The popular blog Fidose of Reality asked a poignant question in a story called Dog Survives Rare Heart Surgery. The story is about pet owner who spent nearly $32,000 to fly a specialized veterinary surgeon to the U.S. to perform a rare and risky surgery on his little dog, Esme. The surgery had never been done by American veterinarians.
Fidose of Reality asked readers, “What would you do? Would you risk it to help your dog you love so very much?
The question made me think of a decision I am struggling with every day about cat heart disease. So I’m posing this question to you, “Would you have your cat tested to see if he has a heart disease that has no cure?”
Muffin’s Halo looks a lot like a costume your dog might wear to a Star Trek convention, but it’s actually a functional headpiece to help blind dogs move around safely in their environment. I was excited when I was introduced to the product because I know the perfect dog that could benefit from it.
I understand how other people’s baby (puppy) pictures can make you turn and runaway, but I just couldn’t help myself from sharing the “good old days”. Sophie was around 6 months-old when I grabbed her from a high-kill shelter. After being part of my family for 2 days, she came down with Distemper. This picture was taken after that ordeal.
By Lisa Luckenbach
Guest blogger: Lisa Luckenbach is a registered yoga instructor, licensed massage therapist, public speaker and the founder of the Wiggleless® dog back brace. Lisa developed the product after June, her beloved Dachshund, was diagnosed with IVDD (intervertebral disc disease). Read more about Lisa and the amazing back brace inspired by June at Wiggleless®.
The passing of Halloween has always represented the beginning of the ‘holiday season’ for me. I really like this time of year. There are a lot more social gatherings and parties. I see more friends and family and spend time catching up with them. I also, like many, enjoy the holiday comfort foods.
Dogs are susceptible to a variety of inherited neurological disorders. Like Sophie, some of them can lead to paralysis. Here is a list of the 5 top dog brain disorders and the breeds predisposed. If you think your dog might be suffering from a neurological condition, schedule an appointment with your veterinarian for a diagnosis.
Dog towel walking is an easy technique owners of paralyzed or immobile dogs should learn. It allows you to lift your dog comfortably and move them around without injuring them. It doesn’t replace a lifting sling or rear harness, but it’s great in a pinch if you can’t get to your regular equipment. Dog towel walking is also a good tool for arthritic dogs and dogs recovering from surgery.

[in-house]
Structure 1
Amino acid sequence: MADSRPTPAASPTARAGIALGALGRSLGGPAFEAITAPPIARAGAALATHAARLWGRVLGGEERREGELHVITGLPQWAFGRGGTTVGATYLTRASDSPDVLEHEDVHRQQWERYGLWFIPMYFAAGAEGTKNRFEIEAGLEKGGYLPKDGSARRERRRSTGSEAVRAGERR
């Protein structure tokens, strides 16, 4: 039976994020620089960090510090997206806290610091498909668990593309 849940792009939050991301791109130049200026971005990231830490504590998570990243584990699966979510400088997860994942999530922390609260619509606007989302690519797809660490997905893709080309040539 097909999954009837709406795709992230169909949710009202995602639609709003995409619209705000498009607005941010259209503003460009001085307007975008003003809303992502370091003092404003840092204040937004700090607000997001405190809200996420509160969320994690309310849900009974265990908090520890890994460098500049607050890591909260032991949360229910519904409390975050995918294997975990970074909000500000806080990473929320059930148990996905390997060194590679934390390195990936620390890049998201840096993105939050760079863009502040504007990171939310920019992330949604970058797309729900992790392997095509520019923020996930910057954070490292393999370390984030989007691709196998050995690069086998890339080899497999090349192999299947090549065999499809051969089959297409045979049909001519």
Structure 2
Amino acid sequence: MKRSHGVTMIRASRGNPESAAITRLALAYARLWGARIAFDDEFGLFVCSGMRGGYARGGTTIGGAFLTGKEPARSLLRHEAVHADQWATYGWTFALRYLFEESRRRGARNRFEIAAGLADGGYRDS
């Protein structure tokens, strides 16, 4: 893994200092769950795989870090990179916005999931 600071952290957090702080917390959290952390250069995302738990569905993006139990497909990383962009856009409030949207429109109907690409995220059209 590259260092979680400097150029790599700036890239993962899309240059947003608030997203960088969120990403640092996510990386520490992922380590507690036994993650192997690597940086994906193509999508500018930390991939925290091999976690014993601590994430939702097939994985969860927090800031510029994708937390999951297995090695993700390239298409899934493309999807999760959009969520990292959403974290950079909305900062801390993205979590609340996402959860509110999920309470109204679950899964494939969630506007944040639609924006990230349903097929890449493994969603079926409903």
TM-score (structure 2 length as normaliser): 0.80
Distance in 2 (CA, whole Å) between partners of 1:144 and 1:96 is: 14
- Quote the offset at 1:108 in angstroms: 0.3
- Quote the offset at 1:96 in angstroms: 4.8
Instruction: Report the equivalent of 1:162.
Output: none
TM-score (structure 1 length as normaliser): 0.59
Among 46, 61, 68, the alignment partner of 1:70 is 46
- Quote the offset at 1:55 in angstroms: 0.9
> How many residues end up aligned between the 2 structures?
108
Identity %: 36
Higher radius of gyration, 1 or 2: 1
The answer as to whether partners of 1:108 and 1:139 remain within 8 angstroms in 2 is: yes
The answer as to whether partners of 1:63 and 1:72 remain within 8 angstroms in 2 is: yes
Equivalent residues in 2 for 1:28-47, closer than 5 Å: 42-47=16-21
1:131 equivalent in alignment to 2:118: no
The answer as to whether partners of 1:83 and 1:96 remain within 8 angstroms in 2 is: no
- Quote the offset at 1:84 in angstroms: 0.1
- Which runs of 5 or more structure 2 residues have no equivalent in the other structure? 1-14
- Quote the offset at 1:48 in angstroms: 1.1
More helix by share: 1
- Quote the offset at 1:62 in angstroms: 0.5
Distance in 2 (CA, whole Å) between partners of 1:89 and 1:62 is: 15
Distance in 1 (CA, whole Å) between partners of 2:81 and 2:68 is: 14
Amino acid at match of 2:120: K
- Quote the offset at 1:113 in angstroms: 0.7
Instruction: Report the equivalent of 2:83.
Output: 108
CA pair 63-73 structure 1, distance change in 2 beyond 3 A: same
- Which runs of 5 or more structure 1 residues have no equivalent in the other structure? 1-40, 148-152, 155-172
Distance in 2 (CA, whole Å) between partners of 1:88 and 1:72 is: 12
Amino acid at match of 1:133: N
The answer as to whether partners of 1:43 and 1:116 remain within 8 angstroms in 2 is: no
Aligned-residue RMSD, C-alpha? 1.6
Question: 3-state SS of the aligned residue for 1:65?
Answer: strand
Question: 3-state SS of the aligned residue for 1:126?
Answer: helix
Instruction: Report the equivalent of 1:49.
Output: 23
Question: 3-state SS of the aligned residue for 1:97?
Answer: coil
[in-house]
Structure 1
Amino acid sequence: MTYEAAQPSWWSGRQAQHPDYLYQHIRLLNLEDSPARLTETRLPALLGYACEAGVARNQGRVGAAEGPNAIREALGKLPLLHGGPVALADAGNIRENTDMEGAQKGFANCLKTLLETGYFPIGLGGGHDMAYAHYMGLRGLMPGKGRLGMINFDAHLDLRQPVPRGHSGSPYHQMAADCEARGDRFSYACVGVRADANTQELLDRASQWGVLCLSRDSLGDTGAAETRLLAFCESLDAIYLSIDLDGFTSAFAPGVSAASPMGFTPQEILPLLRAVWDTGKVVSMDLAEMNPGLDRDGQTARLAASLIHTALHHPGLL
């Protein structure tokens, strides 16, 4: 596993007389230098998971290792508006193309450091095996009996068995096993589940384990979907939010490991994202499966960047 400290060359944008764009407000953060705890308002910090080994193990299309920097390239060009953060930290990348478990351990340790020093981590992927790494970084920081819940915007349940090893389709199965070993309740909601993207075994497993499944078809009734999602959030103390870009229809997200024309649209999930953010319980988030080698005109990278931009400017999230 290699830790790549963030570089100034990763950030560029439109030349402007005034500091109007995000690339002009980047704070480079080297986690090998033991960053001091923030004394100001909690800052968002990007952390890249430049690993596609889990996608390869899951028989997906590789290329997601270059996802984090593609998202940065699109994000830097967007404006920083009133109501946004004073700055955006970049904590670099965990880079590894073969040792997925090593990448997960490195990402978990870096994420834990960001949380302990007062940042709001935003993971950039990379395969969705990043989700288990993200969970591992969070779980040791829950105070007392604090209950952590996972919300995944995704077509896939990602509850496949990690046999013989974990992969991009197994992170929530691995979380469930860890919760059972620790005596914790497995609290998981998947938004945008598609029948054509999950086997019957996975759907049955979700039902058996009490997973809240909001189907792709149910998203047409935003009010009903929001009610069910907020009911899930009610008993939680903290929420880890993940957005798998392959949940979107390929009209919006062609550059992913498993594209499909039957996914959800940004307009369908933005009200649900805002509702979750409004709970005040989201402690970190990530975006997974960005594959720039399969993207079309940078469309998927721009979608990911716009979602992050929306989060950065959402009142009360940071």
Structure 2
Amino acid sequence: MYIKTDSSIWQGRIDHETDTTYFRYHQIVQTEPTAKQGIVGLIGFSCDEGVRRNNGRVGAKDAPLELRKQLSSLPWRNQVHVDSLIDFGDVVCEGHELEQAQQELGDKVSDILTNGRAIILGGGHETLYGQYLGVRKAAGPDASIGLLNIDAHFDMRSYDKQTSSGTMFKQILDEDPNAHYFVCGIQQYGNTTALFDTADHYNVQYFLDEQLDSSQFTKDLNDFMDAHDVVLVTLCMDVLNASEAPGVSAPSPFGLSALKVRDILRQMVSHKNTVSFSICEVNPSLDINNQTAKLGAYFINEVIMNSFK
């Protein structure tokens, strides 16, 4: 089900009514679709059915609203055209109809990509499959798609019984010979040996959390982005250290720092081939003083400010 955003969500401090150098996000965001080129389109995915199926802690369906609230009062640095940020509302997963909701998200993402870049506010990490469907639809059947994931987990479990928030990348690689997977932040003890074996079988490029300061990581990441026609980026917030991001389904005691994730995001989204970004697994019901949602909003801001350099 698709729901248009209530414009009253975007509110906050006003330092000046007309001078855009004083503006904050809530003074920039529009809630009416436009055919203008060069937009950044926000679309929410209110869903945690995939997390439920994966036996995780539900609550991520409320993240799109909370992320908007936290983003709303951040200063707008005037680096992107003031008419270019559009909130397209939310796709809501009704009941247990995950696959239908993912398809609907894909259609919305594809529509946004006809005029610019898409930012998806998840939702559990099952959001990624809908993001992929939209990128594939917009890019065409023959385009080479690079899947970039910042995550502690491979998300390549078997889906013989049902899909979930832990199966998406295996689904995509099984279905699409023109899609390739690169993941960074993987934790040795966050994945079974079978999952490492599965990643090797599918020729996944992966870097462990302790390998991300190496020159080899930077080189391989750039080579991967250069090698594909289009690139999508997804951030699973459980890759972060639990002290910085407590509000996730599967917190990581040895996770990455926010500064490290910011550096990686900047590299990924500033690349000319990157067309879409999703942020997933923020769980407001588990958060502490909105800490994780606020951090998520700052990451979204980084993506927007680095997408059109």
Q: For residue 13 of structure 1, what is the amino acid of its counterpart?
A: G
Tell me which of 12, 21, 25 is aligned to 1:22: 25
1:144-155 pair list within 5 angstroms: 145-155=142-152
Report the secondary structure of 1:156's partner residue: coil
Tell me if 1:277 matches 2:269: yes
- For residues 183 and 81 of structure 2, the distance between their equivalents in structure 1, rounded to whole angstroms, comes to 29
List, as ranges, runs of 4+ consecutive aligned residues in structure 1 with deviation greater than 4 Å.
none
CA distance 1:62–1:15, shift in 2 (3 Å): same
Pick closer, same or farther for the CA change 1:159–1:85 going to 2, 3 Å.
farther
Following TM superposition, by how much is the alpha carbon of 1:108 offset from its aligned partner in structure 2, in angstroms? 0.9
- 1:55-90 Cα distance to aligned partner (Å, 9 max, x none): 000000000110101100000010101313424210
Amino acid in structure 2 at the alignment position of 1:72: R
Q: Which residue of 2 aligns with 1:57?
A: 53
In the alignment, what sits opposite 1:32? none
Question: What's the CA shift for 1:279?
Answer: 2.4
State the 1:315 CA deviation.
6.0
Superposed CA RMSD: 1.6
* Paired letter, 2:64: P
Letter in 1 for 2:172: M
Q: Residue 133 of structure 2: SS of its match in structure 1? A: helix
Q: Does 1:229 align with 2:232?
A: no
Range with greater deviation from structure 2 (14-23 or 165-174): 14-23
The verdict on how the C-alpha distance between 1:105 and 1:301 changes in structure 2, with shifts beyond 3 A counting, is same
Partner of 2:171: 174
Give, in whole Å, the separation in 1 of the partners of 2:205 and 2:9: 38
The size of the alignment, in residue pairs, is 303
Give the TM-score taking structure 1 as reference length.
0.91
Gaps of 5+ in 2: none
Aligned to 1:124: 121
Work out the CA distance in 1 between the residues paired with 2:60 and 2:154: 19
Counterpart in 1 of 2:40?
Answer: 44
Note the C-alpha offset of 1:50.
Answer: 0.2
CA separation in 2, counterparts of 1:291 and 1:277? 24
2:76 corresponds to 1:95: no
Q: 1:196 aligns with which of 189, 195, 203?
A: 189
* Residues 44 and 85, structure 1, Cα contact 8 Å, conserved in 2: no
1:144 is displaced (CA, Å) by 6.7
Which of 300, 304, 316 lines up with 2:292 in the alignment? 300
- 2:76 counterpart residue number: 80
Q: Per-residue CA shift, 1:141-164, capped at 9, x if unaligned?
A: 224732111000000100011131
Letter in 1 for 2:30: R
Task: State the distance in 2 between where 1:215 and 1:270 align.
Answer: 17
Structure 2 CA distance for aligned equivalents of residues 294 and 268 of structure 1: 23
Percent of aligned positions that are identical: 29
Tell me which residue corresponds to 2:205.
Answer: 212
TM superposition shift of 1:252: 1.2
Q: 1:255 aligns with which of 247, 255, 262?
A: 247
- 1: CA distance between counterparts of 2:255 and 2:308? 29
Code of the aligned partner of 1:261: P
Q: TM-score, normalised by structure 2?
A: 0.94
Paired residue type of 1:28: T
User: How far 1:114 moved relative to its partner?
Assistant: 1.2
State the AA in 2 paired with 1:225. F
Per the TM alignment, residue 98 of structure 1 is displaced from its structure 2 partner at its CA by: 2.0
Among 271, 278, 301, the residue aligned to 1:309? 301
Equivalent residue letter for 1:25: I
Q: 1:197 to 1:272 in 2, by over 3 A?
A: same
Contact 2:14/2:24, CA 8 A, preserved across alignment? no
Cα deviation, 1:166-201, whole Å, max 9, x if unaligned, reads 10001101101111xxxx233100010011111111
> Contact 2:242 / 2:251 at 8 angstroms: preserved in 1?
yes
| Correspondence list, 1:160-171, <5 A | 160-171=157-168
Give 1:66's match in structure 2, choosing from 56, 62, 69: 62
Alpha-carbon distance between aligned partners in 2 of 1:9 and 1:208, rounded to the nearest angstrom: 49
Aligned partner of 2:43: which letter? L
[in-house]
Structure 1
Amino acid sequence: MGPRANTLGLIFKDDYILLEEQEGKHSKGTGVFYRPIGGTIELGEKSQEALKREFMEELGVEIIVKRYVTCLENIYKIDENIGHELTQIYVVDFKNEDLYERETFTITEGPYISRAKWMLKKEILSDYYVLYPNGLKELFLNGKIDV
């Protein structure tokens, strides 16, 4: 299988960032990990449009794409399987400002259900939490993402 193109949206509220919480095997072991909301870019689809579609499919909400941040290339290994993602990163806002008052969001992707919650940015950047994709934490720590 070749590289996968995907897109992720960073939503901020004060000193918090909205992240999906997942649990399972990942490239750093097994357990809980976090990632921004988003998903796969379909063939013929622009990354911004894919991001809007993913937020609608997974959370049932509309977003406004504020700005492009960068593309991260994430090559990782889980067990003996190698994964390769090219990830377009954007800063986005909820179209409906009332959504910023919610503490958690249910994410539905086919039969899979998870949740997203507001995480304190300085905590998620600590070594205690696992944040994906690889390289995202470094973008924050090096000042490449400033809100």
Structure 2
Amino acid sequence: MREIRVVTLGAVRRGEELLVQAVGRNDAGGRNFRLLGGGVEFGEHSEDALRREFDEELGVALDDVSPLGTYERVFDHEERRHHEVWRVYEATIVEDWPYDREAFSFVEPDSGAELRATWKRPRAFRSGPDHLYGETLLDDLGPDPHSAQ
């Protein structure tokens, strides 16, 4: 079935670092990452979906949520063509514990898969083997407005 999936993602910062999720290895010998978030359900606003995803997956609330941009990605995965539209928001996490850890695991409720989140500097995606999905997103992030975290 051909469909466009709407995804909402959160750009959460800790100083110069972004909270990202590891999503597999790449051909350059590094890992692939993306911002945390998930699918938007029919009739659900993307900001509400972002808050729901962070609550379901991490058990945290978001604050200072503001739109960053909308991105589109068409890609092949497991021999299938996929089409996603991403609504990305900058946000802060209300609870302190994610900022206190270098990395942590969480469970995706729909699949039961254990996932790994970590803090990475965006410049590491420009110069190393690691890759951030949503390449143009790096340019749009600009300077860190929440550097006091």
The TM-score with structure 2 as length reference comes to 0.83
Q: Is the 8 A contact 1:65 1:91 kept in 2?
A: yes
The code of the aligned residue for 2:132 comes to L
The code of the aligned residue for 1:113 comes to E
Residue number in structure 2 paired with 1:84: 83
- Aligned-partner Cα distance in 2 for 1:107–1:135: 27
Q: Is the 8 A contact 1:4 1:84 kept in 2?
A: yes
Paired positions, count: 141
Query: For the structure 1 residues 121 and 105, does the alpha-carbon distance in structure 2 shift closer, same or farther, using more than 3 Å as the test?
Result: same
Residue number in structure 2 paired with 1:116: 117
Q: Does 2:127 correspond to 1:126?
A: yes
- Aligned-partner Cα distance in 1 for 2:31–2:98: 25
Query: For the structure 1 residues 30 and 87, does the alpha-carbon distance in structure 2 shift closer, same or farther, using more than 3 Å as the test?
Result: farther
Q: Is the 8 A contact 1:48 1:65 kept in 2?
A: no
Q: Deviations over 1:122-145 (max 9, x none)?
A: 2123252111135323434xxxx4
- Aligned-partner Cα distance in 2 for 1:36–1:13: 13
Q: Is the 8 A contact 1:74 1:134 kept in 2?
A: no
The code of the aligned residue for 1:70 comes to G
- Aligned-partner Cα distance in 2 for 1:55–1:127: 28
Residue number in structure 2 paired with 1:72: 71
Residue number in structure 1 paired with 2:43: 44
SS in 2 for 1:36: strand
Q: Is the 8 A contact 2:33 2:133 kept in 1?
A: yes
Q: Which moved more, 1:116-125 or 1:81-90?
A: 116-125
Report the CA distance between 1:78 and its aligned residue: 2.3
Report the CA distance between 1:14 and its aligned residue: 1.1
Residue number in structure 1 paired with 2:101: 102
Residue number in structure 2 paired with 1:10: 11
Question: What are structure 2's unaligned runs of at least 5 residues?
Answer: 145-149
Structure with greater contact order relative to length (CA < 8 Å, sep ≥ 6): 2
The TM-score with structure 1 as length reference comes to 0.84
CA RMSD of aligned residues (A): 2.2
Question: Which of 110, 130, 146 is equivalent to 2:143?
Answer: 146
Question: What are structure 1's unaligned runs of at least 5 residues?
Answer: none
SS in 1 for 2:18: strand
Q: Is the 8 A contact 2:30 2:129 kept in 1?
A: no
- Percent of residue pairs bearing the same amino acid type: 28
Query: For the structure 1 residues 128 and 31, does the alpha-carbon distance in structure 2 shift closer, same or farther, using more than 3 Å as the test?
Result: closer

I found the perfect video that demonstrates the concept of dog towel walking.
Towel walking can be made from any bath towel that is large enough and strong enough to support your dog’s weight. While your dog is lying down place the middle section of the towel in front of your dog’s back legs and let the ends lay flat on either side. Make sure you have enough material on each side to pull together. Gently bring the two ends of the towel together to create a sling.
Have you ever used the dog towel walking technique for your immobile pet?
Take a look at these follow-up stories for more ideas to help your paralyzed dog get moving:
Dog Wheelchair Review – Wheelchairs for dogs come in lots of shapes and sizes. Here is a list of my favorites.
My Favorite Harnesses – There a many types of harnesses for disabled dogs. Here is a list of my top picks.
If you’ve ever read my stories, you know that I am a huge fan of the clinical trial being conducted at Iowa State University to get paraplegic dogs walking. The study for paralyzed dogs is combining rigorous physical therapy with injections of a new drug into the spine to restore communication between a dog’s brain and legs. I was very excited when I (virtually) met Oscar Madison, a little dog that is taking part in the clinical trial.
Here’s an interview Oscar’s mom Christian shared about her dog and why they joined the study.
Here are some words of wisdom from Sophie about life as a paralyzed dog. Hope you’ll tune in daily for more quotes, stories, inspiration and practical advice at Lessons From A Paralyzed Dog.
November is National Pet Cancer Awareness Month so I am deviating from talking about pets with special needs to share an important brand new clinical trial for cats with an aggressive form of cancer. Squamous cell carcinoma (SCC) is the most common and deadly form of oral tumors in cats, but thanks to a promising new treatment from MBF Therapeutics, hope is on the horizon to stop this disease.